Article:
In late April 1988, after 20 years of service with Heliswiss and with a flying experience of 10'000h, Jean-Bernard Schmid decided to left this company.
As of May 1, 1988 he began working as a pilot at the "Service hélicoptère de la Protection civile" of Geneva which at that time owned the helicopter AS 350B Ecureuil HB-XBC. With him there was another pilot, François Gindre, who was in charge of the base.
On 11 May with the instructor George Castella (which was replaced by the same Schmid) he completed the transition course on the new helicopter. With the Civil defence he was mainly engaged in air ambulance flights, search and surveillance, VIP transport and photographic flights.
In January 1989 in his spare time, always with instructor Castella, he effected in Geneva the transition course on the Robinson R-22, thus adding another helicopter to the long list of those he had already flown.
Since the Civil defence had decided to purchase a more powerful helicopter, the following year, between 5 and 6 June, he did in Marignane (France) the transition course on the AS 350B2 Ecureuil.
The pilot activities on behalf of Civil defence continued until December 7, 1998 when according to his flight books he logged his last flight at the controls of the AS 350B2 Ecureuil HB-XVB. By that time he had logged 11'427h57' flight time and 46'991 landings.
Meanwhile some health problems appeared which forced him to prematurely cease his flight activity.
Once his flight activity finished, he devoted himself to his favourite hobbies, such as hiking in the mountains and the restoration of old furniture.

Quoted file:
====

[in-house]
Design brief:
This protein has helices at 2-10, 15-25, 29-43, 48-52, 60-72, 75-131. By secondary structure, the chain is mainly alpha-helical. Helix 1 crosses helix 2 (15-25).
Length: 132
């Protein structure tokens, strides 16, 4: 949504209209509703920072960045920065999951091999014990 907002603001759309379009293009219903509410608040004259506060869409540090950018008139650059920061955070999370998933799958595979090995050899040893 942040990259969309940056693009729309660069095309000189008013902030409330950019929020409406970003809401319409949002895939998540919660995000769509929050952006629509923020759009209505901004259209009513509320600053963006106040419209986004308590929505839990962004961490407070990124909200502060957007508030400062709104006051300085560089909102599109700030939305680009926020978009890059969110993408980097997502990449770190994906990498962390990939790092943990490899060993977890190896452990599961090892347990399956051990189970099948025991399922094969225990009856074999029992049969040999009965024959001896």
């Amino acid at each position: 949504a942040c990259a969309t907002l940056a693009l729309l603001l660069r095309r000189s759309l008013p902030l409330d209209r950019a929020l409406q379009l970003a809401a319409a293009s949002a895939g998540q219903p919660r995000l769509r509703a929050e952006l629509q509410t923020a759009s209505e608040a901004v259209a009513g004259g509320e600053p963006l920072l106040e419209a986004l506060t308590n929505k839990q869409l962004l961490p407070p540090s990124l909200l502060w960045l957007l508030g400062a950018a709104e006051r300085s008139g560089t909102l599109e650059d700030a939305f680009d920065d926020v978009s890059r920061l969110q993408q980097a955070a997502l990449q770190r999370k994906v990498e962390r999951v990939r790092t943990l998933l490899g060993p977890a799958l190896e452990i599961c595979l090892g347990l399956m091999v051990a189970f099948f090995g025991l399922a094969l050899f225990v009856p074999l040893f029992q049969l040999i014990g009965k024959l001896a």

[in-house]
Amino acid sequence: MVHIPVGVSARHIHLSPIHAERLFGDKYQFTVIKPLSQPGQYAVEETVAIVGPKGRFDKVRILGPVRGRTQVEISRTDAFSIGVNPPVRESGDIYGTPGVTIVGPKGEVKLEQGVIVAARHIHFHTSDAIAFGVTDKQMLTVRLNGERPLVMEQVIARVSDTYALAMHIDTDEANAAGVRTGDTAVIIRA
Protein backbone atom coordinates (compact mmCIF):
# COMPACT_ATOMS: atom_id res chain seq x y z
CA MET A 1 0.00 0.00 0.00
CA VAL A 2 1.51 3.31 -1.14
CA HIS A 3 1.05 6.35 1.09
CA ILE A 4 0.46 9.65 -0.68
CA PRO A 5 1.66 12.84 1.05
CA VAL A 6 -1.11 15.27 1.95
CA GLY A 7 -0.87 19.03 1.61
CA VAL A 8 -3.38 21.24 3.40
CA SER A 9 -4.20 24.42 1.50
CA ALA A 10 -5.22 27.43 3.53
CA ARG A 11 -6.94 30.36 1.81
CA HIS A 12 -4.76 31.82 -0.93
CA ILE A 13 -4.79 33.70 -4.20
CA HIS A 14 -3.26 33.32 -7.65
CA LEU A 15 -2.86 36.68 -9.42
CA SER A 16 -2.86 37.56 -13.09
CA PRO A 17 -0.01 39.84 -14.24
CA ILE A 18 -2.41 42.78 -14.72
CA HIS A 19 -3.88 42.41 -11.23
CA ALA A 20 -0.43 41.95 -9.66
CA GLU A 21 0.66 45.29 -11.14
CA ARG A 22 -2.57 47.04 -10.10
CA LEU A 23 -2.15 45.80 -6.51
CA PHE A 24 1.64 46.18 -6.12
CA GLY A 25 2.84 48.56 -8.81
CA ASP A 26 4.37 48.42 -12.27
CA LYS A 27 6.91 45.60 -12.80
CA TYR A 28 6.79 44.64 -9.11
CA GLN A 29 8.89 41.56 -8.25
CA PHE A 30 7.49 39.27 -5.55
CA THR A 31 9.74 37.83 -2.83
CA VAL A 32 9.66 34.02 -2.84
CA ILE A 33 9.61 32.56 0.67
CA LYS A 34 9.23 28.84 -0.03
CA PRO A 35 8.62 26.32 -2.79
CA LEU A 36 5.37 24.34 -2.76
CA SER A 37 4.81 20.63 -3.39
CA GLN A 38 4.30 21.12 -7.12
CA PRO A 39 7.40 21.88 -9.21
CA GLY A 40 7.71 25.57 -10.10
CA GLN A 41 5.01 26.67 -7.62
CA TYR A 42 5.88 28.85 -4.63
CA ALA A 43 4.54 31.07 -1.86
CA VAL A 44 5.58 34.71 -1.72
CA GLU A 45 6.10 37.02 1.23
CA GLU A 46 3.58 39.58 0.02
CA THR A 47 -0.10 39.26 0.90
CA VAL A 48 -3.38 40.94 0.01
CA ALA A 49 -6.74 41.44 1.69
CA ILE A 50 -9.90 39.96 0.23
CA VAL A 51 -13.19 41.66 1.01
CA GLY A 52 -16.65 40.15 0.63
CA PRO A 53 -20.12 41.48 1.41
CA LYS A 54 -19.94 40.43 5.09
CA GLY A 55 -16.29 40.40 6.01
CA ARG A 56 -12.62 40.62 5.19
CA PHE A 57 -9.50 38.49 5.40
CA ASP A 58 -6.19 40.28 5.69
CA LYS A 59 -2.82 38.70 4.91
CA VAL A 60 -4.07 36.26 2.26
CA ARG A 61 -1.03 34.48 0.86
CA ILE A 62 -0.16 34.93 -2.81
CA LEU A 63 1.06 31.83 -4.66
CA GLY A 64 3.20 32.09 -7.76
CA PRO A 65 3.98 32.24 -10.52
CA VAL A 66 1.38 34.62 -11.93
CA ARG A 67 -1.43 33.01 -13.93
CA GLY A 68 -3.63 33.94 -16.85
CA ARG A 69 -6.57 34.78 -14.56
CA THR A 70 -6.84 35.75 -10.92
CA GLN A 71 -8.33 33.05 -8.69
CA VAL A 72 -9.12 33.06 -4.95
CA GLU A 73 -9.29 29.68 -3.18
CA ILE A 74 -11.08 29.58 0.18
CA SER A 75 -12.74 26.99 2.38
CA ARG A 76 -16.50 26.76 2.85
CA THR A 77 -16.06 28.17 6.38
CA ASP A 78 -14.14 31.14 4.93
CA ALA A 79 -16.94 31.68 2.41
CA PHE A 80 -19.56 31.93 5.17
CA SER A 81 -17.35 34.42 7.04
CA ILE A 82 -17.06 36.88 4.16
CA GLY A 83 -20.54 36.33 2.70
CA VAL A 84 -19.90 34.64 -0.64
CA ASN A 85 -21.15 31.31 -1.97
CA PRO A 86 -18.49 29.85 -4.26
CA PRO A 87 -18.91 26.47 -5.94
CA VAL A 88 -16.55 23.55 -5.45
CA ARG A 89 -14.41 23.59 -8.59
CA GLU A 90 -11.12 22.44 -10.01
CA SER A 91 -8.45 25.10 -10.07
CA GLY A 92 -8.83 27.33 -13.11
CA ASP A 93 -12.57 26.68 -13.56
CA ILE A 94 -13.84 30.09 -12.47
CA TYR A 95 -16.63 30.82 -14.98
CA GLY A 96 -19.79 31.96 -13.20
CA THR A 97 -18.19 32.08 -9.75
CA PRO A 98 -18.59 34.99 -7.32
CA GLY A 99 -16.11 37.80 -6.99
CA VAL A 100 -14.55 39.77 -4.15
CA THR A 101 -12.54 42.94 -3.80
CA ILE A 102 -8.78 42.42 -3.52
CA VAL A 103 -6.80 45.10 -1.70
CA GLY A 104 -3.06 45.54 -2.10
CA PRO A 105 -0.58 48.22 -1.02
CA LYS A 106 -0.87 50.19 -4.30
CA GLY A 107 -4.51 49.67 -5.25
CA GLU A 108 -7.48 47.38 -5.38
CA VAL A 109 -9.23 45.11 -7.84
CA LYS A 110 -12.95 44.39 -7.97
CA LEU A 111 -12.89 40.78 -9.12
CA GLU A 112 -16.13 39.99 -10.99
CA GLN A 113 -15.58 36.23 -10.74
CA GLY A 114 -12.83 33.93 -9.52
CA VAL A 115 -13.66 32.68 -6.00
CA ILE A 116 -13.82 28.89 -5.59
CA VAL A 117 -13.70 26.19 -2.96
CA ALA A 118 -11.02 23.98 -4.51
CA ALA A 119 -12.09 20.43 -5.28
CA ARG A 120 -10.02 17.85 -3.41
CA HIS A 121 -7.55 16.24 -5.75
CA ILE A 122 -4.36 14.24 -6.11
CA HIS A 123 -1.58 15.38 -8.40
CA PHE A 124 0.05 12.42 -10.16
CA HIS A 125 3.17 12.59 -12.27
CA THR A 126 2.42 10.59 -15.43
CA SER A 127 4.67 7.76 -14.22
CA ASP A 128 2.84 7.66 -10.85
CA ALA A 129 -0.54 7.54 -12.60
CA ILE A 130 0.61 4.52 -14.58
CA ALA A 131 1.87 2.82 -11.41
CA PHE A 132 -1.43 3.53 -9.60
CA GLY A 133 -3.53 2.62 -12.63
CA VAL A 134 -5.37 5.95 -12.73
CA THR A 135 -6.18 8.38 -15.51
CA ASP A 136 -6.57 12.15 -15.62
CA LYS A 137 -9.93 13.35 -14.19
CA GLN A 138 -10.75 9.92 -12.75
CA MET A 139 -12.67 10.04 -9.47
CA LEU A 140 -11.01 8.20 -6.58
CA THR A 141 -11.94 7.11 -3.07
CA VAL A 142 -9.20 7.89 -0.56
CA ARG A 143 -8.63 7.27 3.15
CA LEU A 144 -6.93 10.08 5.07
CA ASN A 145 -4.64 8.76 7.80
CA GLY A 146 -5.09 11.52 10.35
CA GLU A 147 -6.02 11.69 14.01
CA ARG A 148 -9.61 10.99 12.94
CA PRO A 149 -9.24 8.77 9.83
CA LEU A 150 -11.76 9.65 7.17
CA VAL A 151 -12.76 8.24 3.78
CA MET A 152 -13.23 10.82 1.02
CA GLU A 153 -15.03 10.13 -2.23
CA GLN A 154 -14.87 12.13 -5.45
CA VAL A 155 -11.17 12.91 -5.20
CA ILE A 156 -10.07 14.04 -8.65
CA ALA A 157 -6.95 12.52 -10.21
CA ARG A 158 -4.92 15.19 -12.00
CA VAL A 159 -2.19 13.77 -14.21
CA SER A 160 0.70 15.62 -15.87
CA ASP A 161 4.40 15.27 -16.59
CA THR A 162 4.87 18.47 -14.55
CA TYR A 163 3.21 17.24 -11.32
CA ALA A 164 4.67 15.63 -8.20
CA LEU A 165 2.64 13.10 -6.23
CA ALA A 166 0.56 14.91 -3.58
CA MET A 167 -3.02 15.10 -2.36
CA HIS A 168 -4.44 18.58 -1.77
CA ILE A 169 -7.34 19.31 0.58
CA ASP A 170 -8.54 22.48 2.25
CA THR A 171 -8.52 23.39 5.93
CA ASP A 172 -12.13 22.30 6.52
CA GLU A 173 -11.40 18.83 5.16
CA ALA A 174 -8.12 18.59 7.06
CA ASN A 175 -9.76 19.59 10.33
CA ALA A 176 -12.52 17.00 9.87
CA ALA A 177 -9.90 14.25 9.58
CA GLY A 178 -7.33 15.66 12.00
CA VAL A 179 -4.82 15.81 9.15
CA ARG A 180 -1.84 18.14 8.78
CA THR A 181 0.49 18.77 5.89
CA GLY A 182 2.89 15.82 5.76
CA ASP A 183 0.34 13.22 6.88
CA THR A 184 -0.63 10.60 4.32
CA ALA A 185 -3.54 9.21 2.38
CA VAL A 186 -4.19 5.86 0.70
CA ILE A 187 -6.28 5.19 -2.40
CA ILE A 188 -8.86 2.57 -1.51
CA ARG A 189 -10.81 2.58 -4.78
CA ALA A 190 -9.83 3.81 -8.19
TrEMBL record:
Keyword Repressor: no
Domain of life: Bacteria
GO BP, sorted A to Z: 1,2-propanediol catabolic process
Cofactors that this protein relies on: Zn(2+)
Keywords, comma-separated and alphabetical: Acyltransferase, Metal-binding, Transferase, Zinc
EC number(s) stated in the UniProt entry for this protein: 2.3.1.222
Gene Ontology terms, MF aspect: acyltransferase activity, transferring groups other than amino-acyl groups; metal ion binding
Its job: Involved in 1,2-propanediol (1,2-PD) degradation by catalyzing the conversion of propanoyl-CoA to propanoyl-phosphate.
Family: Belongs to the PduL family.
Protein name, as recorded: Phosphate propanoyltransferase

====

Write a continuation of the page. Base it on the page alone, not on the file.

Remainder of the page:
Unfortunately, only a few years after his retirement he was diagnosed with an incurable disease after which he died on August 6, 2001 at the hospital of Monthey.
Jean-Bernard Schmid is remembered by his colleagues as a very capable, competent person and of course a skillful pilot.
During his career as a helicopter pilot he had carried out almost every task, making a significant contribution to the development of Heliswiss and its activities, particularly in the field of aerial assembly.
The long list of helicopters registered on his license includes the following machines: Bell 47 (over 2'100h), Sikorsky S-55 Sikorsky S-58/S-58T (over 1'450h), Hiller UH-12E (540H) Hiller SL-4, FH1100, Agusta-Bell 204B (over 2'400h), Bell 205, Bell 214B-1 (over 1'650h), Bell 206 Jet Ranger (over 650h), SA 315B Lama, SA 3160/SA 319B Alouette 3 SA 318C Alouette 2, Hughes 300, Hughes 500, Robinson R-22, AS 350B/B2 Ecureuil (over 1'400h).